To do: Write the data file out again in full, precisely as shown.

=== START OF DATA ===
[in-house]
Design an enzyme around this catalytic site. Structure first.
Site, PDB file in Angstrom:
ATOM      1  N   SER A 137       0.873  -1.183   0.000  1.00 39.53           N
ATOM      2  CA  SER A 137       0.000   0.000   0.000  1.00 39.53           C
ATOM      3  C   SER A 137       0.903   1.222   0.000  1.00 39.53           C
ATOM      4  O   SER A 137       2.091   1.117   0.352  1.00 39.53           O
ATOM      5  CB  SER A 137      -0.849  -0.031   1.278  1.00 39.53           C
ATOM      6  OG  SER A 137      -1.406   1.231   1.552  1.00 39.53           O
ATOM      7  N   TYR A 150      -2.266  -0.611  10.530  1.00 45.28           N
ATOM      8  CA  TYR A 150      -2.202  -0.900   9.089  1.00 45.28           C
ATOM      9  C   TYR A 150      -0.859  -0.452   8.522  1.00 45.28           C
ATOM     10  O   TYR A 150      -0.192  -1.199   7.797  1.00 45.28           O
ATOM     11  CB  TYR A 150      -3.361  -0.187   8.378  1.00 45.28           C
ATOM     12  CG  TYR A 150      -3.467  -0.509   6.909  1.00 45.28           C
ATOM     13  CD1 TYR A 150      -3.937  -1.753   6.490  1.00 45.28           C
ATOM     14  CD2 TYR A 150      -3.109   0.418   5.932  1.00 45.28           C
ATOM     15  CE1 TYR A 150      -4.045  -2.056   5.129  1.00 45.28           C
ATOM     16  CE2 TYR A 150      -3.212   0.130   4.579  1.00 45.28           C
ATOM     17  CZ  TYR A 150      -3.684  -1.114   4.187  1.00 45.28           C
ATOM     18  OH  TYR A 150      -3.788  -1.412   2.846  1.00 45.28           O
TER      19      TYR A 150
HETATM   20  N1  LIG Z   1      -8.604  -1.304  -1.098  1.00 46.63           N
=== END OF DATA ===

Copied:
[in-house]
Design an enzyme around this catalytic site. Structure first.
Site, PDB file in Angstrom:
ATOM      1  N   SER A 137       0.873  -1.183   0.000  1.00 39.53           N
ATOM      2  CA  SER A 137       0.000   0.000   0.000  1.00 39.53           C
ATOM      3  C   SER A 137       0.903   1.222   0.000  1.00 39.53           C
ATOM      4  O   SER A 137       2.091   1.117   0.352  1.00 39.53           O
ATOM      5  CB  SER A 137      -0.849  -0.031   1.278  1.00 39.53           C
ATOM      6  OG  SER A 137      -1.406   1.231   1.552  1.00 39.53           O
ATOM      7  N   TYR A 150      -2.266  -0.611  10.530  1.00 45.28           N
ATOM      8  CA  TYR A 150      -2.202  -0.900   9.089  1.00 45.28           C
ATOM      9  C   TYR A 150      -0.859  -0.452   8.522  1.00 45.28           C
ATOM     10  O   TYR A 150      -0.192  -1.199   7.797  1.00 45.28           O
ATOM     11  CB  TYR A 150      -3.361  -0.187   8.378  1.00 45.28           C
ATOM     12  CG  TYR A 150      -3.467  -0.509   6.909  1.00 45.28           C
ATOM     13  CD1 TYR A 150      -3.937  -1.753   6.490  1.00 45.28           C
ATOM     14  CD2 TYR A 150      -3.109   0.418   5.932  1.00 45.28           C
ATOM     15  CE1 TYR A 150      -4.045  -2.056   5.129  1.00 45.28           C
ATOM     16  CE2 TYR A 150      -3.212   0.130   4.579  1.00 45.28           C
ATOM     17  CZ  TYR A 150      -3.684  -1.114   4.187  1.00 45.28           C
ATOM     18  OH  TYR A 150      -3.788  -1.412   2.846  1.00 45.28           O
TER      19      TYR A 150
HETATM   20  N1  LIG Z   1      -8.604  -1.304  -1.098  1.00 46.63           N